Travis Peebles and James Rychak have about them that certain hipster-cyclist vibe. The jocund co-owners of Blazing Saddle Bike Shop on Detroit Avenue, just west of Gordon Square, are so eminently mustachioed and complexly pierced (respectively) that they could very well be poets from Akron.
This is their second full season in the space on Detroit. It's a former hardware store with all the rustic charm of a frontier saloon. Rychak says they wanted to preserve the store's heritage by keeping a sort of "mechanic's garage" feel to their outfit.
Both Rychak and Peebles are bullheaded savants when it comes to mechanics. In fact, they became friends living in Detroit Shoreway a few years back, drinking beers and working on "random projects": restoring obscure vehicles, building guitars from scratch, making custom bikes.
For a while, they were operating out of a garage in the Armstrong Laundry building, across the street from their current location.
"We couldn't even have a sandwich-board sign without our landlord jumping down our throats," says Rychak, "but word spread and our customer base was growing, so we decided to get a storefront and a little more legitimate."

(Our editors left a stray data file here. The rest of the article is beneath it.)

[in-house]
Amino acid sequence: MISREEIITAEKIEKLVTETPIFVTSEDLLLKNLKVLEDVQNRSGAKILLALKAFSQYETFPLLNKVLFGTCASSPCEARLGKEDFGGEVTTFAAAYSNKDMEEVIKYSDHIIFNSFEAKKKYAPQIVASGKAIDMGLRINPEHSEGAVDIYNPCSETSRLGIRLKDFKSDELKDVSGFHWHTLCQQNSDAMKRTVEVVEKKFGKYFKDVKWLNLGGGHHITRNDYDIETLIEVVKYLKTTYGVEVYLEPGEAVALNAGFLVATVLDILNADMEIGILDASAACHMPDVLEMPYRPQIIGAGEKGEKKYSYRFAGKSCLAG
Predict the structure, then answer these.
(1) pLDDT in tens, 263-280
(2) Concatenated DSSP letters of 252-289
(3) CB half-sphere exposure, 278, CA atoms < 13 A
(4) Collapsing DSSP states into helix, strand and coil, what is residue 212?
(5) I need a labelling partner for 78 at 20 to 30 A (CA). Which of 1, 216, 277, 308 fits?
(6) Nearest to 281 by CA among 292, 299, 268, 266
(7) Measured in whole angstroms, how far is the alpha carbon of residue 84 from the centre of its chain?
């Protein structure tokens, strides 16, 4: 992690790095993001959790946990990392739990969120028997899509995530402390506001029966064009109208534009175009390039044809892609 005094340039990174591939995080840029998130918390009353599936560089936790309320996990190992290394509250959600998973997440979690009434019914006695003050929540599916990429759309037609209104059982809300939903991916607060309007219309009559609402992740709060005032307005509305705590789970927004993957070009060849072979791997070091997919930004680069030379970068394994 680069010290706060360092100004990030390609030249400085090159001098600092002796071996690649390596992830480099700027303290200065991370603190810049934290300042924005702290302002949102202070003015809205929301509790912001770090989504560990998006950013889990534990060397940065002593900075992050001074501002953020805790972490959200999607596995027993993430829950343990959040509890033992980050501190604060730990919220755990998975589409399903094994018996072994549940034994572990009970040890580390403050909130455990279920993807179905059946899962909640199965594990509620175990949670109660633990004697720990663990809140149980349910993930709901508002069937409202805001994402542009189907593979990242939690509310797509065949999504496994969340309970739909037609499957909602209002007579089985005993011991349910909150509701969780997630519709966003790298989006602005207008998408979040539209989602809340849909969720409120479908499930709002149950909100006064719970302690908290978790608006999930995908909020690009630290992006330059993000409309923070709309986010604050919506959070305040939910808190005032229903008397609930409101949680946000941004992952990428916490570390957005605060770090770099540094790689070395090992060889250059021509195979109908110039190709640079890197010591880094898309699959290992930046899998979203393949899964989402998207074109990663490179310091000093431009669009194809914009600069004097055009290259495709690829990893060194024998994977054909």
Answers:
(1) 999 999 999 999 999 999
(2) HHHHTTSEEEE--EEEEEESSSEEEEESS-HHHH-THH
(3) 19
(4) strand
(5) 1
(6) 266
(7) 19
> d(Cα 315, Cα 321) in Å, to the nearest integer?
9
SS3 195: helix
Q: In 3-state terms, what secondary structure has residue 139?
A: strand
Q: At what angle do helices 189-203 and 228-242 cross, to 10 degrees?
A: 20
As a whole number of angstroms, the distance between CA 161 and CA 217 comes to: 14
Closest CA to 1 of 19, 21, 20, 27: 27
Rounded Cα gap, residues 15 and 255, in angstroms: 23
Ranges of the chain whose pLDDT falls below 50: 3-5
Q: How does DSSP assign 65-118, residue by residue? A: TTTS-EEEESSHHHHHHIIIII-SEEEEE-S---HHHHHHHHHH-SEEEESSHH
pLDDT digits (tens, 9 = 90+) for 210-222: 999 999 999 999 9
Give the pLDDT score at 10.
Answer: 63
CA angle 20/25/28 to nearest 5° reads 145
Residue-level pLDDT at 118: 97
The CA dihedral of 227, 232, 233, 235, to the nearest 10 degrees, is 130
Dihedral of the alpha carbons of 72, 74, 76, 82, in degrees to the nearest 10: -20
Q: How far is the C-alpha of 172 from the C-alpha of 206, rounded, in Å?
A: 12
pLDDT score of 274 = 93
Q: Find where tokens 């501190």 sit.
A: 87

Peebles used to work at his grandfather's car lot when he was younger, and brings an attention to detail that Rychak says is incredibly rare. Coupled with Rychak's experience working in bike shops, they're a potent team for making and outfitting custom bikes.
"We set out to do one thing when we started," says Rychak, "putting people on the bikes that they belong on. And that's what we're still doing."
Blazing Saddle caters primarily to commuters and road-bike enthusiasts — "We may come on a little strong to the super casual rider"—but they're psyched to tune up, restore and customize almost anything.
"We're just the type of people who can see, when something's broken, exactly what's wrong," Rychak says. "We love fixing stuff. We love building stuff."
They're certainly building a name for themselves on Cleveland's westside.